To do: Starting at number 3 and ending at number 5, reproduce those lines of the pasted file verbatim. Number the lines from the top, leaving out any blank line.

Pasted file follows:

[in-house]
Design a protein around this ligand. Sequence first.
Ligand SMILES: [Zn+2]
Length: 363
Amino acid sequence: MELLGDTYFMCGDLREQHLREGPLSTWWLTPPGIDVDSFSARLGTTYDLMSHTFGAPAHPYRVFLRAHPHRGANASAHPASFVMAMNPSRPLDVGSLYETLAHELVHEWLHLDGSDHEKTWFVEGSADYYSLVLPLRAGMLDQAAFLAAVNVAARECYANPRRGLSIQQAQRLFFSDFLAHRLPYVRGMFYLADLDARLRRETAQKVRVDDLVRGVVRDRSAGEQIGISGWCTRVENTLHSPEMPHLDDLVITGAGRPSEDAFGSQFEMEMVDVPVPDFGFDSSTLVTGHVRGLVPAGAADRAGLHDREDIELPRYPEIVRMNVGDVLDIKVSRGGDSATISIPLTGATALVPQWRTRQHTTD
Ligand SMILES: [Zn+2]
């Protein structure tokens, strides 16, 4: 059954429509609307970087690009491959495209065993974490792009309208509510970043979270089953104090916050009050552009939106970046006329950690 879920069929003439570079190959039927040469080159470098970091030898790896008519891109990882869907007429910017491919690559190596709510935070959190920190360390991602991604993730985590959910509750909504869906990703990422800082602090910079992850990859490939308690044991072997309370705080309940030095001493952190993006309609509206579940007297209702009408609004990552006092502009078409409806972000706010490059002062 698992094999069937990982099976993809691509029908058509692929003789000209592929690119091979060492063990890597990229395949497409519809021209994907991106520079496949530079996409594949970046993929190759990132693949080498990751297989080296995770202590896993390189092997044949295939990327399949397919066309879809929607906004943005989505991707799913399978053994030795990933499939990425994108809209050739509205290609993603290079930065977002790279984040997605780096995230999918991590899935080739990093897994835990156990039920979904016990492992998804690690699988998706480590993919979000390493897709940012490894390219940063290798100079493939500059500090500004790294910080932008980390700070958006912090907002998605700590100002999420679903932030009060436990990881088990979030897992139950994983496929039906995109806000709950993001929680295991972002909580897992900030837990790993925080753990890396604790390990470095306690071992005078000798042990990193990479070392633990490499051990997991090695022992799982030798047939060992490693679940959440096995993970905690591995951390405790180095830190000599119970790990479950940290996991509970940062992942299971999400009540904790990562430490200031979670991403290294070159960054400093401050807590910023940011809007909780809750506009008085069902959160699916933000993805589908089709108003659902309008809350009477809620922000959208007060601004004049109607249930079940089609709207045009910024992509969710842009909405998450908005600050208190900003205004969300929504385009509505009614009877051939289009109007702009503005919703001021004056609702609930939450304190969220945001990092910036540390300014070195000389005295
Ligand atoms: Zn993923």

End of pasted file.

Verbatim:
Ligand SMILES: [Zn+2]
Length: 363
Amino acid sequence: MELLGDTYFMCGDLREQHLREGPLSTWWLTPPGIDVDSFSARLGTTYDLMSHTFGAPAHPYRVFLRAHPHRGANASAHPASFVMAMNPSRPLDVGSLYETLAHELVHEWLHLDGSDHEKTWFVEGSADYYSLVLPLRAGMLDQAAFLAAVNVAARECYANPRRGLSIQQAQRLFFSDFLAHRLPYVRGMFYLADLDARLRRETAQKVRVDDLVRGVVRDRSAGEQIGISGWCTRVENTLHSPEMPHLDDLVITGAGRPSEDAFGSQFEMEMVDVPVPDFGFDSSTLVTGHVRGLVPAGAADRAGLHDREDIELPRYPEIVRMNVGDVLDIKVSRGGDSATISIPLTGATALVPQWRTRQHTTD